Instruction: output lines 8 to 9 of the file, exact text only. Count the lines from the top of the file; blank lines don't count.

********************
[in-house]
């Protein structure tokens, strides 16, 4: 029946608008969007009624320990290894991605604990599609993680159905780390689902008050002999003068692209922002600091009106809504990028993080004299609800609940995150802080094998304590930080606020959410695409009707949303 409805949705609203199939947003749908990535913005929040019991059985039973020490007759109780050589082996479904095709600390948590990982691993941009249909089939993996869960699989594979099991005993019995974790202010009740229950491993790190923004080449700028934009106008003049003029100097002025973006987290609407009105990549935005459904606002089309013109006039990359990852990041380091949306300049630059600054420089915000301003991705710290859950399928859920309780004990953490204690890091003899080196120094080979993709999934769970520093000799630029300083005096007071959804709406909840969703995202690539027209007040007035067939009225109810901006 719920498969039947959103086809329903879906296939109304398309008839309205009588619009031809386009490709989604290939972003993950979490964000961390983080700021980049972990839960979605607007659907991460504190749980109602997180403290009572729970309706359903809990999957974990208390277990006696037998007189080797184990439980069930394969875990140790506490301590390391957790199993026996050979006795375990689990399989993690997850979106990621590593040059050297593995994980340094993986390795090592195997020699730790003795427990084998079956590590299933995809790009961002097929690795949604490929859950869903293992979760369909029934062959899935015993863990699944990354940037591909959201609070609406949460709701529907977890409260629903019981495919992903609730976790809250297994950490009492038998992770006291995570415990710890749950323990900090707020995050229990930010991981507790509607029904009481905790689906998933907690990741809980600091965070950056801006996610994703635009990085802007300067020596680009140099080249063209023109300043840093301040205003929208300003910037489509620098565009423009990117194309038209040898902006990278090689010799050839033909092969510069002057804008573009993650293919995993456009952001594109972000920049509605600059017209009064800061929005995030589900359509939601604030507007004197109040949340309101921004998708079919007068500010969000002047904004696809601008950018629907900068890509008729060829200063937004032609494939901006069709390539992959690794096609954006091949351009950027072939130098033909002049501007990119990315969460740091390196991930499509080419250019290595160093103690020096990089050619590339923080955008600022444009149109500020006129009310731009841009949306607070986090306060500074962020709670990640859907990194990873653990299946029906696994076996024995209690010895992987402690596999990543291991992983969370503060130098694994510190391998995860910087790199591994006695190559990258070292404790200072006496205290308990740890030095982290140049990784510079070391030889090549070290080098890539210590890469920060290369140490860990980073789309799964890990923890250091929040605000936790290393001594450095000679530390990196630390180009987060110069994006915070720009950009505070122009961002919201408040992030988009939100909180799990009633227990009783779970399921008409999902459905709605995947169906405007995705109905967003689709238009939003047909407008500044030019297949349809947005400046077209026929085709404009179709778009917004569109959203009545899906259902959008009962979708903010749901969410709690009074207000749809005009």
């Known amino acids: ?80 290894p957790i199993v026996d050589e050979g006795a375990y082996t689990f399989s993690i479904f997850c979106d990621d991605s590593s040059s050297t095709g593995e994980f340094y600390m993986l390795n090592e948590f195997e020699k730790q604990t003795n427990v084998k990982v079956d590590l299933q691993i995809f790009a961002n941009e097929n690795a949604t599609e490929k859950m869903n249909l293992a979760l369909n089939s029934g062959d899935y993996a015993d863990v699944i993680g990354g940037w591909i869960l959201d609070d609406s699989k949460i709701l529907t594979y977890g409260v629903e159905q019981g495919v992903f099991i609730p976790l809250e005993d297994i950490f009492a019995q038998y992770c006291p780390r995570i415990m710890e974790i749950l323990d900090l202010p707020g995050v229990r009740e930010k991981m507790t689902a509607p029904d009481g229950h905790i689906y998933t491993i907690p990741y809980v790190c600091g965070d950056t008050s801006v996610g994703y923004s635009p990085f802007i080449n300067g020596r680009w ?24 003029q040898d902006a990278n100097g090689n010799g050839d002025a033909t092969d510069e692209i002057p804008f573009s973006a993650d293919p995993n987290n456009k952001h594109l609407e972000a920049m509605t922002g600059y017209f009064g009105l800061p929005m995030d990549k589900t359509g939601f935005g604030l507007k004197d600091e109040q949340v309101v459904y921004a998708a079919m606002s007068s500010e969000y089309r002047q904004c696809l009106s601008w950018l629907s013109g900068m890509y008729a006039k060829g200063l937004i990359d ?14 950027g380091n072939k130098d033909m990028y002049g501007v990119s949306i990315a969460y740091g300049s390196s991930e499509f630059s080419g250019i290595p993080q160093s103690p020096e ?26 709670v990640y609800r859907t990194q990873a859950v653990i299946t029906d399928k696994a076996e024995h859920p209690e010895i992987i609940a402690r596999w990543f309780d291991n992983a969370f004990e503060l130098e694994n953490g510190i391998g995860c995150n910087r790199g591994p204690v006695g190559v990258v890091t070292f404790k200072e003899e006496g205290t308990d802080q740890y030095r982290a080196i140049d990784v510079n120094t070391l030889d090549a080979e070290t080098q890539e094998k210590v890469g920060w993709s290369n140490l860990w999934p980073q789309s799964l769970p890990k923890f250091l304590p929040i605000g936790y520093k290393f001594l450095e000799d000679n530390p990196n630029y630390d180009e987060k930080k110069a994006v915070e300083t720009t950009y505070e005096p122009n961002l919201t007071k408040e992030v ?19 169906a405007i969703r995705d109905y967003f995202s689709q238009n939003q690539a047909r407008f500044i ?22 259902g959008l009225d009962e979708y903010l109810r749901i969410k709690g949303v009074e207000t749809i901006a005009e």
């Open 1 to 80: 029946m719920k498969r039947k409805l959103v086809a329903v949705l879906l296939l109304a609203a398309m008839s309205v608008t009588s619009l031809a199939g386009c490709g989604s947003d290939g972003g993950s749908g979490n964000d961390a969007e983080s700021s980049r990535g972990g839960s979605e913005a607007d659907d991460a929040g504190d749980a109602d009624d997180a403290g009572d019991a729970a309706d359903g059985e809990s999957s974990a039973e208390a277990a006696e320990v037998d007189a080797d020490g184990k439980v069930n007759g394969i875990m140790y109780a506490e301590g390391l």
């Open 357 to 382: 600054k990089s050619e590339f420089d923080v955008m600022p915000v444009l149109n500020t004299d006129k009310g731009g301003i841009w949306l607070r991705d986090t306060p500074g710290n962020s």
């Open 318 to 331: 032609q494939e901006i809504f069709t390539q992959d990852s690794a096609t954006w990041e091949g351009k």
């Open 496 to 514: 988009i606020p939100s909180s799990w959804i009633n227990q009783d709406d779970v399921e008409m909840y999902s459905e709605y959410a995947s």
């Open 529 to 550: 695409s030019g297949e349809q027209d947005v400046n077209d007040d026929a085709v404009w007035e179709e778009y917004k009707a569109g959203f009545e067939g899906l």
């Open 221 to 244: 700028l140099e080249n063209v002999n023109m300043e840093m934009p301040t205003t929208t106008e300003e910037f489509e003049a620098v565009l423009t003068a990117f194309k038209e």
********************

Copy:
């Open 529 to 550: 695409s030019g297949e349809q027209d947005v400046n077209d007040d026929a085709v404009w007035e179709e778009y917004k009707a569109g959203f009545e067939g899906l």
């Open 221 to 244: 700028l140099e080249n063209v002999n023109m300043e840093m934009p301040t205003t929208t106008e300003e910037f489509e003049a620098v565009l423009t003068a990117f194309k038209e």